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1. No, no bulbs wouldn't matter. This also means there is virtually no added load with these lights yet.

2. No, a short section of 14/2 would not matter at all. Now I hope you didn't make that mistake. If you did you really should put the lights on a 15 amp breaker. Although the earth woudn't stop rotating if you don't.

3. This just means the circuit has some load most of the time. Most chop saws are a huge draw when cutting. Usually not full load but a 15 amp saw can draw 15 amps. A 15 amp saw is not at all uncommon.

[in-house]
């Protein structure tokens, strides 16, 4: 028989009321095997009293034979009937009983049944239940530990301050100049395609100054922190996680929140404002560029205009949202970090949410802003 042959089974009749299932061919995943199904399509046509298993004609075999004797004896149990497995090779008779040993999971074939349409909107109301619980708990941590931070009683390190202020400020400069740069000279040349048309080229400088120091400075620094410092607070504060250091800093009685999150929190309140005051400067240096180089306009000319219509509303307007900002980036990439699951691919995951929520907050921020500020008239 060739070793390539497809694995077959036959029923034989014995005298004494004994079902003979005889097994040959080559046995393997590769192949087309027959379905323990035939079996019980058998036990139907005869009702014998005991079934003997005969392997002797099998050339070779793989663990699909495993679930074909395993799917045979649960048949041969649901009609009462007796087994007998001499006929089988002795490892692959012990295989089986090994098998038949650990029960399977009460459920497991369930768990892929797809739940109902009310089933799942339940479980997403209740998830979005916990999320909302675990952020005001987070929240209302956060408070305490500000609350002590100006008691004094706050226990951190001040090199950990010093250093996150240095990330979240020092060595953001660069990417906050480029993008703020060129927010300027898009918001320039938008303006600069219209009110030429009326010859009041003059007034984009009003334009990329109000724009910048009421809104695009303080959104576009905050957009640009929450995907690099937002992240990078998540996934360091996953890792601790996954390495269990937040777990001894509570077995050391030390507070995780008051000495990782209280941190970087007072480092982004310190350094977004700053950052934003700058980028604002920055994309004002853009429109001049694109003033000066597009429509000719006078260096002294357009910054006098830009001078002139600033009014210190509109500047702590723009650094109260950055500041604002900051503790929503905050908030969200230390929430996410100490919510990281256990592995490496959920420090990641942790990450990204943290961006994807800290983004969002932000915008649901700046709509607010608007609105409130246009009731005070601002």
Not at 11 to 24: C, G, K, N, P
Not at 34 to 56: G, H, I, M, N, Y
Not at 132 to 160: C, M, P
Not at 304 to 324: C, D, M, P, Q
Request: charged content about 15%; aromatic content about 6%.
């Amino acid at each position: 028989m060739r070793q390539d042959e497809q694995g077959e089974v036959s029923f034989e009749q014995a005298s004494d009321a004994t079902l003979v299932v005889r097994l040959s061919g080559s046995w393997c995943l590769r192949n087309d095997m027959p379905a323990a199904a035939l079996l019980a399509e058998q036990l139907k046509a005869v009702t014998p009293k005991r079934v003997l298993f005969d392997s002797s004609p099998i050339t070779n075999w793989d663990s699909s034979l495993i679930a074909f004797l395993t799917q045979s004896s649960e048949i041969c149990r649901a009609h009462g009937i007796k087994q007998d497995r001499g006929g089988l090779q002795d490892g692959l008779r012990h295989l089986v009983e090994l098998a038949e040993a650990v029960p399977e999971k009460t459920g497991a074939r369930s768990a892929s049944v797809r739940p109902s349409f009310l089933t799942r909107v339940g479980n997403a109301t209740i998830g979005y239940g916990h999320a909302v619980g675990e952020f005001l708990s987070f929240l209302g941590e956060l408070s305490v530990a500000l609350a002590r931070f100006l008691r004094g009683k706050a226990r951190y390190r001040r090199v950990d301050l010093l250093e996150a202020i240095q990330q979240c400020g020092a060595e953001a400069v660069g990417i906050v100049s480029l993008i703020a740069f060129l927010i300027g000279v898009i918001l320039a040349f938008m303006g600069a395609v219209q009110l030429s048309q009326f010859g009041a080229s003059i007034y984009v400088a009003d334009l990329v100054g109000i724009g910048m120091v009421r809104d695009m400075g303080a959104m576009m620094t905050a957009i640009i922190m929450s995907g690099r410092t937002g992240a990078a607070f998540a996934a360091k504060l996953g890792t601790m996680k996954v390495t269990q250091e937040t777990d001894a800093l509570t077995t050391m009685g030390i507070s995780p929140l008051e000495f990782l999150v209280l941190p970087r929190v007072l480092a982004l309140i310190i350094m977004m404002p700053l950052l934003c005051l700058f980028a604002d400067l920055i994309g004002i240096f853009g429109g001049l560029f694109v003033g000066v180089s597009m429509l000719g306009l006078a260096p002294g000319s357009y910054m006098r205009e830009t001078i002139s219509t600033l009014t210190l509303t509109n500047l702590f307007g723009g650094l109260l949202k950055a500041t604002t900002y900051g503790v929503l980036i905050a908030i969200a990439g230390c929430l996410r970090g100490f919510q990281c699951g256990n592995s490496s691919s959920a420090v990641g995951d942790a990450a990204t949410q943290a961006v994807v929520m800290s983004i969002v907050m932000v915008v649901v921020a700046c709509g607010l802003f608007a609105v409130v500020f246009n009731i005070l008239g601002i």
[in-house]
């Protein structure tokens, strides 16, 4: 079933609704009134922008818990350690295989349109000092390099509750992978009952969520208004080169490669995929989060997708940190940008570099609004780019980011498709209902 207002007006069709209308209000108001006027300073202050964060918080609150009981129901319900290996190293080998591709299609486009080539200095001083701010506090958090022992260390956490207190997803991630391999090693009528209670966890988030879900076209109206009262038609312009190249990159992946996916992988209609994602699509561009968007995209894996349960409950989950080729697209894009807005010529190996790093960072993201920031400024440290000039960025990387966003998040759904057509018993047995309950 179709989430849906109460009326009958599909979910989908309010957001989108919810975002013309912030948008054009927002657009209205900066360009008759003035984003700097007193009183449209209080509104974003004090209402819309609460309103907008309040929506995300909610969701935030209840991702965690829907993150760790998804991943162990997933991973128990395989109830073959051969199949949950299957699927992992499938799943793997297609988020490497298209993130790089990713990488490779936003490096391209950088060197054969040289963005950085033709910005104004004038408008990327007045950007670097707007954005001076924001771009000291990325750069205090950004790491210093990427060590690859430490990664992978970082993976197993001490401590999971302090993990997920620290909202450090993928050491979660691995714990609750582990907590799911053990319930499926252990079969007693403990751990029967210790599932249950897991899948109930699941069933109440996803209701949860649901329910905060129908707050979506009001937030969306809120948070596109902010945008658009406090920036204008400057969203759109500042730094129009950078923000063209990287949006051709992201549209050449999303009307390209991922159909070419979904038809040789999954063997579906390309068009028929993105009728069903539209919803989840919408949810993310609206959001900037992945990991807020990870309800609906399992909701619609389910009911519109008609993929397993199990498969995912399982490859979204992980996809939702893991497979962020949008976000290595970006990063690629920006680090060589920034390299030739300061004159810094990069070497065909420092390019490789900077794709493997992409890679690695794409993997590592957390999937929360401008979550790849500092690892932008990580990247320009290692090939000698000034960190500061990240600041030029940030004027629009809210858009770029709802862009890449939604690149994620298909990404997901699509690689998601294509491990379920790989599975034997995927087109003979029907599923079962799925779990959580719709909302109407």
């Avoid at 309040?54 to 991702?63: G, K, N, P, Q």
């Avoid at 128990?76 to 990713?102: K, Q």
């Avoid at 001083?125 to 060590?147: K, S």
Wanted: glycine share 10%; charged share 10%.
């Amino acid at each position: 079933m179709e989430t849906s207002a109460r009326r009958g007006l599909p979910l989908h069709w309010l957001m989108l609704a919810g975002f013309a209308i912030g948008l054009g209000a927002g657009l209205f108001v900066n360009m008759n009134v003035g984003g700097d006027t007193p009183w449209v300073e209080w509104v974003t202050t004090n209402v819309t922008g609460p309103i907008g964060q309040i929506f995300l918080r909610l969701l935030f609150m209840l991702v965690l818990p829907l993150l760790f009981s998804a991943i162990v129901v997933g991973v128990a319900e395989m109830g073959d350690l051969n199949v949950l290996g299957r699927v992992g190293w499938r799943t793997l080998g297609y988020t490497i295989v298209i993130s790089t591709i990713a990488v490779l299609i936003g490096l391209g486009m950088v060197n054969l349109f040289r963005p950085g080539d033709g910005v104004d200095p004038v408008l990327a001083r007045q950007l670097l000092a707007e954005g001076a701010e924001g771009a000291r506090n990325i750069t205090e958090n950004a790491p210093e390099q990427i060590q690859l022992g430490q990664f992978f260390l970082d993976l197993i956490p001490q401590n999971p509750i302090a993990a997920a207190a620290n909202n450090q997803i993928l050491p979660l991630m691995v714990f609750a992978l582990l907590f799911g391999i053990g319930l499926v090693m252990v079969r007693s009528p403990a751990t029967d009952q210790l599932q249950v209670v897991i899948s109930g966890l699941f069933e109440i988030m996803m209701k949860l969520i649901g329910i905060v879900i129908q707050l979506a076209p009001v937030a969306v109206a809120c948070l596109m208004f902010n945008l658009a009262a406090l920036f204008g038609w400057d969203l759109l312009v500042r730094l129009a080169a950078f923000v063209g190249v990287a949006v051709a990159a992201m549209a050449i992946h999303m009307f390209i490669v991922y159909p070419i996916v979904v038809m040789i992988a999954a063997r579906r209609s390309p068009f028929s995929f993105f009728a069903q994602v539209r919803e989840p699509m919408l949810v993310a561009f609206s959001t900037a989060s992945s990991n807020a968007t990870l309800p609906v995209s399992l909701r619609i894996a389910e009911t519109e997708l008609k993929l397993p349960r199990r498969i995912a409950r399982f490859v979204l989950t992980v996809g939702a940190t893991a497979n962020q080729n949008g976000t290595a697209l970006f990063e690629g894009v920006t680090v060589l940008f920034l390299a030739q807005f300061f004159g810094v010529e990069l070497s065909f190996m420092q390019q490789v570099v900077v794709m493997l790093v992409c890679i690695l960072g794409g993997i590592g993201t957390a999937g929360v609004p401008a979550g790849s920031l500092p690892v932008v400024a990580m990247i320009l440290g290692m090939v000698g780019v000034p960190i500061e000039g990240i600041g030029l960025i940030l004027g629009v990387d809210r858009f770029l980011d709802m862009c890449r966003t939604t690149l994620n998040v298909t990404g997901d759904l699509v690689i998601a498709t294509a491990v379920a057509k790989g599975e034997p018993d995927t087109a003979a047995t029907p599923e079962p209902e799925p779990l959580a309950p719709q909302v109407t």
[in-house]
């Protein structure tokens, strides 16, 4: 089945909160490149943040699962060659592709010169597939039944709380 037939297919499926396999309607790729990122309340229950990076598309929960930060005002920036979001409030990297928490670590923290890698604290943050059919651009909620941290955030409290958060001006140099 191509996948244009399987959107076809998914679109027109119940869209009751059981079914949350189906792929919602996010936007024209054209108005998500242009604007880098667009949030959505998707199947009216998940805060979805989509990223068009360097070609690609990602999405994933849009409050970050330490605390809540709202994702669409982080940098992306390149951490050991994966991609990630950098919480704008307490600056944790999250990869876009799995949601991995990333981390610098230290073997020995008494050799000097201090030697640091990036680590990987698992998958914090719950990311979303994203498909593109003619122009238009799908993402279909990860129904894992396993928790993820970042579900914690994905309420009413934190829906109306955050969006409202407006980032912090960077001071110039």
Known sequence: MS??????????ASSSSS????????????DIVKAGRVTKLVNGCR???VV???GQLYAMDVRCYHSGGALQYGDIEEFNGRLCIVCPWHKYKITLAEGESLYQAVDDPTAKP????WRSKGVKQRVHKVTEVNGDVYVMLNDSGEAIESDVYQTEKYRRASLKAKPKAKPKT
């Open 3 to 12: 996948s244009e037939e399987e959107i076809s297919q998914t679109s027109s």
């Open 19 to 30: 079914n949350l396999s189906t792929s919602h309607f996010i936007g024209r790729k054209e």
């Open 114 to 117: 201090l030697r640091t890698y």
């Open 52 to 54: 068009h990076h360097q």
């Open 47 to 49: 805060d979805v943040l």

4. Technically yes. Is it done regularly, no. Residentially not too many people use 20 amp switches. The loads are just not usually that high regardless of the circuit ampacity. For a motor or equipment definitely yes. For a bathroom light, not really. Will it cause a short term problem such as in immdiate breaker trip, no.
 
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Old 11-30-03, 07:13 PM
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I was typing during your last post.

Yes! it does matter. Don't ask that electrician anything any more.

On the yellow wires are markings. One will have the voltage(or "line" possibly in a 120 volt only fixture) (the hot) and one will say common (neutral).

Many HID fixtures are multi tap fixtures. They can be wired for 120, 208, 240 or 277 volts. The common is common with the neutral. If you wired some wrong and some right you will have a problem. Kind of like the problem you're having right now.